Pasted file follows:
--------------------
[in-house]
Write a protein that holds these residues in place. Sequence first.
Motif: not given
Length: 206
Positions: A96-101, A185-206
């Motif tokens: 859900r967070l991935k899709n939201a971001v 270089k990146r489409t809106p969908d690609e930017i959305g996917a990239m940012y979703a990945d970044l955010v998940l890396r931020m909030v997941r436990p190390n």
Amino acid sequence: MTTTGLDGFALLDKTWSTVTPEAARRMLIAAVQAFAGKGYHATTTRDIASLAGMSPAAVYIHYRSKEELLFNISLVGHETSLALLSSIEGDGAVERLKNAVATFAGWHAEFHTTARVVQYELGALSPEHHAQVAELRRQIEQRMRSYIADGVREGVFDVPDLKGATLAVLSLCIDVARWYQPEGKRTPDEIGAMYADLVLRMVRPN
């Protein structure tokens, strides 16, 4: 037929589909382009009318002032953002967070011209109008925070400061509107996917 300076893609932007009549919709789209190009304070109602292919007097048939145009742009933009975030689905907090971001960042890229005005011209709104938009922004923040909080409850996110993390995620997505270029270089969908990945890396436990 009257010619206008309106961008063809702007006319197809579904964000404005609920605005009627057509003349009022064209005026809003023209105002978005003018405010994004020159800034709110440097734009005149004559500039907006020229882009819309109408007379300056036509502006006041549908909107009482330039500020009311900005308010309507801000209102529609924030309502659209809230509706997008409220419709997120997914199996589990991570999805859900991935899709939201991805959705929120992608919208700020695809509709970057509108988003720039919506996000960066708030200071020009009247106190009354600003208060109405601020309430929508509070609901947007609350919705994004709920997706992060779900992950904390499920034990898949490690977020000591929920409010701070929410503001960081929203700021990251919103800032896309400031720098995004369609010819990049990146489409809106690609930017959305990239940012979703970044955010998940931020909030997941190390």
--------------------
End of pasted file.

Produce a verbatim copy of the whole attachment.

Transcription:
[in-house]
Write a protein that holds these residues in place. Sequence first.
Motif: not given
Length: 206
Positions: A96-101, A185-206
């Motif tokens: 859900r967070l991935k899709n939201a971001v 270089k990146r489409t809106p969908d690609e930017i959305g996917a990239m940012y979703a990945d970044l955010v998940l890396r931020m909030v997941r436990p190390n």
Amino acid sequence: MTTTGLDGFALLDKTWSTVTPEAARRMLIAAVQAFAGKGYHATTTRDIASLAGMSPAAVYIHYRSKEELLFNISLVGHETSLALLSSIEGDGAVERLKNAVATFAGWHAEFHTTARVVQYELGALSPEHHAQVAELRRQIEQRMRSYIADGVREGVFDVPDLKGATLAVLSLCIDVARWYQPEGKRTPDEIGAMYADLVLRMVRPN
């Protein structure tokens, strides 16, 4: 037929589909382009009318002032953002967070011209109008925070400061509107996917 300076893609932007009549919709789209190009304070109602292919007097048939145009742009933009975030689905907090971001960042890229005005011209709104938009922004923040909080409850996110993390995620997505270029270089969908990945890396436990 009257010619206008309106961008063809702007006319197809579904964000404005609920605005009627057509003349009022064209005026809003023209105002978005003018405010994004020159800034709110440097734009005149004559500039907006020229882009819309109408007379300056036509502006006041549908909107009482330039500020009311900005308010309507801000209102529609924030309502659209809230509706997008409220419709997120997914199996589990991570999805859900991935899709939201991805959705929120992608919208700020695809509709970057509108988003720039919506996000960066708030200071020009009247106190009354600003208060109405601020309430929508509070609901947007609350919705994004709920997706992060779900992950904390499920034990898949490690977020000591929920409010701070929410503001960081929203700021990251919103800032896309400031720098995004369609010819990049990146489409809106690609930017959305990239940012979703970044955010998940931020909030997941190390």